The Lagrangian formulation of mechanics will be useful later when we
study the Feynman path integral. For our purposes now, the Lagrangian
formulation is an important springboard from which to develop
another useful formulation of classical mechanics known
as the *Hamiltonian* formulation. The Hamiltonian of a system
is defined to be the sum of the kinetic and potential energies
expressed as a function of positions and their *conjugate momenta*.
What are conjugate momenta?

Recall from elementary physics that momentum of a particle, , is defined in terms of its velocity by

In fact, the more general definition of conjugate momentum, valid for any set of coordinates, is given in terms of the Lagrangian:

Note that these two definitions are equivalent for Cartesian variables.

In terms of Cartesian momenta, the kinetic energy is given by

Then, the Hamiltonian, which is defined to be the sum, *K*+*U*, expressed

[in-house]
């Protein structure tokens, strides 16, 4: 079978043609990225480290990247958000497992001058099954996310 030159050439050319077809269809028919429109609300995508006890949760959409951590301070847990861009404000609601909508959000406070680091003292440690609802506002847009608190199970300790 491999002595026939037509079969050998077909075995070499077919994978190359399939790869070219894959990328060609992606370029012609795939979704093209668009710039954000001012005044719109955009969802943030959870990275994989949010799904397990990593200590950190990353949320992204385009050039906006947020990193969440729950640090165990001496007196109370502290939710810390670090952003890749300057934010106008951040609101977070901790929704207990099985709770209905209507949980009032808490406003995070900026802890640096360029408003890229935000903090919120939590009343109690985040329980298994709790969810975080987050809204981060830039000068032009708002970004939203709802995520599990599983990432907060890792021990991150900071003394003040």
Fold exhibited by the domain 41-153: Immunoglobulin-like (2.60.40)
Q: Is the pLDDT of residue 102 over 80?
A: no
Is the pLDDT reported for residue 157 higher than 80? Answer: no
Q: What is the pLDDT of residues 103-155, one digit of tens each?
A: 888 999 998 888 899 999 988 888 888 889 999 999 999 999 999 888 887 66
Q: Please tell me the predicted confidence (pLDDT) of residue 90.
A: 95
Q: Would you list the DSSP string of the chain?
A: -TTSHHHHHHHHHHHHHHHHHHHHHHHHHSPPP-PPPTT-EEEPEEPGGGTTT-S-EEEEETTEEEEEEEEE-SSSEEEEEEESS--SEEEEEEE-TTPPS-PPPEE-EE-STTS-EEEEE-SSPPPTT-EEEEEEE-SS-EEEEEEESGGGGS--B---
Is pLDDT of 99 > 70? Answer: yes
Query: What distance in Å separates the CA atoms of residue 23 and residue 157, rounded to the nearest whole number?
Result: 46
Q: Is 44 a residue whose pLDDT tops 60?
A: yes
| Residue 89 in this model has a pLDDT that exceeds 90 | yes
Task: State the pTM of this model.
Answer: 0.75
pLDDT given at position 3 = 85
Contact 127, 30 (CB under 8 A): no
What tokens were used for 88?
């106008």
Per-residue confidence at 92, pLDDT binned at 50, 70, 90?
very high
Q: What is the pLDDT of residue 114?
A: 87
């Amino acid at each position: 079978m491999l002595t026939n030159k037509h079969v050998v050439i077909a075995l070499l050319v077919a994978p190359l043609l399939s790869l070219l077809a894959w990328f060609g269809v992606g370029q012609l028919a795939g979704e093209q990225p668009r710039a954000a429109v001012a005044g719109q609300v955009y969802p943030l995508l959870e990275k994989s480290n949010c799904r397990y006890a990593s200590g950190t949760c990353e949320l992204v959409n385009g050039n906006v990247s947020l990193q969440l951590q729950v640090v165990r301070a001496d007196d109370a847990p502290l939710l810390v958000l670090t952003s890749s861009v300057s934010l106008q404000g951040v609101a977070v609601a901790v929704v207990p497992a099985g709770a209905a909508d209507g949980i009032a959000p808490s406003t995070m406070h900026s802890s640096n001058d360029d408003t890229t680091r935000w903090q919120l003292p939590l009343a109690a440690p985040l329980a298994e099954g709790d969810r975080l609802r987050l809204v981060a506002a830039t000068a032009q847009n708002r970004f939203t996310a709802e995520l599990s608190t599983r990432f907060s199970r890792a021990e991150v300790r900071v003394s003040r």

as a function of positions and momenta, will be given by

where . In terms of the Hamiltonian, the
equations of motion of a system are given by *Hamilton's equations*:

The solution of Hamilton's equations of motion will yield a trajectory in terms of positions and momenta as functions of time. Again, Hamilton's equations can be easily shown to be equivalent to Newton's equations, and, like the Lagrangian formulation, Hamilton's equations can be used to determine the equations of motion of a system in any set of coordinates.

The Hamiltonian and Lagrangian formulations possess an interesting
connection.
The Hamiltonian can be directly obtained from the Lagrangian by
a transformation known as a *Legendre transform*. We will
say more about Legendre transforms in a later lecture. For now,
note that the connection is given by

which, when the fact that is used, becomes

Because a system described by conservative forces conserves the total energy, it follows that Hamilton's equations of motion conserve the total Hamiltonian. Hamilton's equations of motion conserve the Hamiltonian

**Proof**:

QED. This, then, provides another expression of the law of conservation of energy.

Wed Jan 8 22:51:23 EST 2003